General Motors is suing Fiat Chrysler, alleging that its crosstown rival got an unfair business advantage by bribing officials of the United Auto Workers union.
The lawsuit, filed Wednesday in U.S. District Court in Detroit, alleges that FCA was involved in racketeering by paying millions in bribes to get concessions and gain advantages in three labor agreements with the union.
Details of the racketeering have been exposed in a federal probe of corruption at the union that has resulted in multiple arrests.
The lawsuit alleges that Fiat Chrysler corrupted the bargaining process with the UAW in the 2009, 2011 and 2015 union contracts to gain advantages over General Motors.
Craig Glidden, GM's chief counsel, alleged that Fiat Chrysler CEO Sergio Marchionne, who died last year, was a "central figure" in the conspiracy, which was designed to put GM at a cost disadvantage to FCA.
"FCA was the clear sponsor of pervasive wrongdoing, paying millions of dollars in bribes to obtain concessions" from the union, Glidden said. "FCA's manipulation of the collective bargaining process resulted in unfair labor costs and operational advantages for it, causing harm to GM."
A message was Wednesday left seeking comment from Fiat Chrysler.
In addition to Fiat Chrysler, the lawsuit names former FCA labor relations chief Alphons Iacobelli, and former FCA officials Jerome Durden and Michael Brown as defendants. All have pleaded guilty in the federal corruption probe, which has alleged that Fiat Chrysler bribed UAW officials to keep them "fat, dumb and happy."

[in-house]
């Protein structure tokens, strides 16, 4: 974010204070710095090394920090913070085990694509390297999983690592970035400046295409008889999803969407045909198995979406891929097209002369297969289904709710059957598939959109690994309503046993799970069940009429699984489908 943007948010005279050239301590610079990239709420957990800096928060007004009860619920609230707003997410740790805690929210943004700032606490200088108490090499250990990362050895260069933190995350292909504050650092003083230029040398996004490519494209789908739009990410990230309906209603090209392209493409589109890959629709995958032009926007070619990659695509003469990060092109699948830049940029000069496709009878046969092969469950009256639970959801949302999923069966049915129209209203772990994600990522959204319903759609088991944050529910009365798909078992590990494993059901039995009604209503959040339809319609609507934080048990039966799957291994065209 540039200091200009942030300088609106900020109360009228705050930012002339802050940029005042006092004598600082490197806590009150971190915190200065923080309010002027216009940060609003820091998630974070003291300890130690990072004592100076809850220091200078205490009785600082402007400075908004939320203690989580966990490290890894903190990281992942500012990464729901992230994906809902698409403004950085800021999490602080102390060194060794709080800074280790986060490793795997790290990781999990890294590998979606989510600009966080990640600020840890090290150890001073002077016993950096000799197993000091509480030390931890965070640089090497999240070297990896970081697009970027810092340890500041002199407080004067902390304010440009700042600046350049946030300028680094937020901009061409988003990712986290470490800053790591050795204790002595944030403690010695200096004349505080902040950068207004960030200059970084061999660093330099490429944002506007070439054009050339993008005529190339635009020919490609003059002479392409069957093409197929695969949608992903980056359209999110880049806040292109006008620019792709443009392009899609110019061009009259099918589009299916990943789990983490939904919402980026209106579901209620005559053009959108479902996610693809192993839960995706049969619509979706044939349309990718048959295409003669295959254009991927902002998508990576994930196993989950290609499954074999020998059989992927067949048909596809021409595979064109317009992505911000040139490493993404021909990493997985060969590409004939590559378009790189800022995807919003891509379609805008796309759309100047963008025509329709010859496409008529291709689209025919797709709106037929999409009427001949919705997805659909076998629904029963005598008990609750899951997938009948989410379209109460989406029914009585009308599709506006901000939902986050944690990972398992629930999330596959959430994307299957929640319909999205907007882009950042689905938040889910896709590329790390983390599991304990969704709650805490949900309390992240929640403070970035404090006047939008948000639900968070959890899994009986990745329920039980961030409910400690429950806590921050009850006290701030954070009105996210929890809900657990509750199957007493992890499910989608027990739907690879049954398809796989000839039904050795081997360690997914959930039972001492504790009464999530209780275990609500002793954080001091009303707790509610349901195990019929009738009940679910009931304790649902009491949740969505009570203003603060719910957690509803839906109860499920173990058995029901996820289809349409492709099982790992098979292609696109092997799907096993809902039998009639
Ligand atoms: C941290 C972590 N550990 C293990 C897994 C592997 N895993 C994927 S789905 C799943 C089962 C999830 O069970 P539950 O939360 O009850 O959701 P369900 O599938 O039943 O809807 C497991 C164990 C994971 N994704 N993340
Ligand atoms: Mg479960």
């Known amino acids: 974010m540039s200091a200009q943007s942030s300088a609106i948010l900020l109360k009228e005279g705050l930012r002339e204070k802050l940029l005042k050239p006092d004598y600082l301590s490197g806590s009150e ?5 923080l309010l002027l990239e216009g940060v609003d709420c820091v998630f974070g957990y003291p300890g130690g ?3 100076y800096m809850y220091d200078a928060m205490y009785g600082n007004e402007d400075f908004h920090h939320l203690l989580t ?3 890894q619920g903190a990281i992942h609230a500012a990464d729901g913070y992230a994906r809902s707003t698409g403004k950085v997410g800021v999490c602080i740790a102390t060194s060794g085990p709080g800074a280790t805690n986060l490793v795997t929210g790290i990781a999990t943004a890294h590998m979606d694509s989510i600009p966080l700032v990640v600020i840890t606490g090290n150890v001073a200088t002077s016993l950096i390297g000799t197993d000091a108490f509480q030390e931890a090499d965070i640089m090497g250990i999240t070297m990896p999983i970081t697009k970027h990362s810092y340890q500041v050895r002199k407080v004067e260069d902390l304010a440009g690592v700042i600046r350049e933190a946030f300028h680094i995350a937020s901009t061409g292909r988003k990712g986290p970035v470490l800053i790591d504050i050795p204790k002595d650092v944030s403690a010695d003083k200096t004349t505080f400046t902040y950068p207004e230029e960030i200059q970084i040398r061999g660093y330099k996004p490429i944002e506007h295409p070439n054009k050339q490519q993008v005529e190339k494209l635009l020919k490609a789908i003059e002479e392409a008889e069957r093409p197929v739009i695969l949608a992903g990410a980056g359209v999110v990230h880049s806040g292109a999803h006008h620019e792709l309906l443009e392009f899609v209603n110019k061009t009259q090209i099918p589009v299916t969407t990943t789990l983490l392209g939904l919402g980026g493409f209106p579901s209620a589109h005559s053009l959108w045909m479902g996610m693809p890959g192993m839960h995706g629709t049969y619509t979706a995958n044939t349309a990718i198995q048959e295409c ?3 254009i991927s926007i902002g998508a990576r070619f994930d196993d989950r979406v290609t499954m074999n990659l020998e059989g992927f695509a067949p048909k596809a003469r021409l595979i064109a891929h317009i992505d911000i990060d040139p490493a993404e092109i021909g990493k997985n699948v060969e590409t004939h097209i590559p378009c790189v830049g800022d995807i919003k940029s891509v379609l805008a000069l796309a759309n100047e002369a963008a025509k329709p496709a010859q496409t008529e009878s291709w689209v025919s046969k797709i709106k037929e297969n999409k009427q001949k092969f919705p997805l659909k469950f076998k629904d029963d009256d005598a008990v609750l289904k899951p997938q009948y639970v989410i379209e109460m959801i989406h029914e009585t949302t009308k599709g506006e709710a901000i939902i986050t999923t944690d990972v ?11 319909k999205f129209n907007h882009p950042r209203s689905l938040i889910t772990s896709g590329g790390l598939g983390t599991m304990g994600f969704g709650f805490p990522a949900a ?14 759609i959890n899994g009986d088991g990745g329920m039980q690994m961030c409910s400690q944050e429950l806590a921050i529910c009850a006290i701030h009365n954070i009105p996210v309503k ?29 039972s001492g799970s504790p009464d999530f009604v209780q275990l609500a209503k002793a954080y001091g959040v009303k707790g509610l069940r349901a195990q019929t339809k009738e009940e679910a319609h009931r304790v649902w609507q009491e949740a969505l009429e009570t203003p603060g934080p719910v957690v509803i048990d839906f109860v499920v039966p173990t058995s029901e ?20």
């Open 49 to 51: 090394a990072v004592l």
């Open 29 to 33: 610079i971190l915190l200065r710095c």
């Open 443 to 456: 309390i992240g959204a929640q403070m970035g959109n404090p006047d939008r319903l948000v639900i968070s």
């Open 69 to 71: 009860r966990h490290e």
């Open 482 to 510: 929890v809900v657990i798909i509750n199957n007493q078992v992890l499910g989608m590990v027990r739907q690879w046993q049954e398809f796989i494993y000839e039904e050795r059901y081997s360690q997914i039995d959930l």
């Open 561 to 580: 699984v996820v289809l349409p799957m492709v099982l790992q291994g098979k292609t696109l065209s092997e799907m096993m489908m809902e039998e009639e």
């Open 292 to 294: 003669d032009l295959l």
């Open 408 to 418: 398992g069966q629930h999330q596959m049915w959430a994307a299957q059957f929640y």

Authorities have alleged that payments were made through a training center jointly run by the company and the UAW. Durden handled the training center's finances, and Brown helped run the center.
Glidden told reporters that in the three UAW contracts, FCA was able to reduce its labor costs because the union allowed it to hire more temporary and lower-paid workers than GM.
"Many of the advantages FCA was able to obtain were denied to GM. That was part of the conspiracy," Glidden said.
In 2007, the union agreed that new hires would be paid less than longtime workers, setting up a "second-tier" of employees who were paid less. FCA had more second-tier workers than either of its Detroit competitors.
Glidden said GM is not suing the UAW because it believes that responsibility rests with FCA, which was the "orchestrator" of the conspiracy. He accused FCA of mismanagement of "stunning proportions" and should be held accountable.
"GM was chosen as a target by FCA, so that's why we're suing FCA," he said. "We were denied benefits that FCA received under their collective bargaining agreements and were damaged as a result.
Glidden said GM is seeking substantial damages in the case, but he could not give a specific amount.
Last week, a retired union vice president and former GM board member became the 13th person to be charged in the federal probe of the union and auto companies.
Joe Ashton is accused of receiving millions of dollars in kickbacks from a contractor who made watches for union members. The 58,000 watches, purchased through the GM-UAW joint training center, are still in storage five years later.
Ashton, a former GM board member, was charged with conspiracy to commit wire fraud and conspiring to commit money laundering. A guilty plea is expected on Dec. 4, according to a court filing Wednesday.
Glidden said GM had no knowledge of the scheme that allegedly involved Ashton, and the lawsuit had nothing to do with that case.
"In the fullness of time, GM will address that conduct," he said.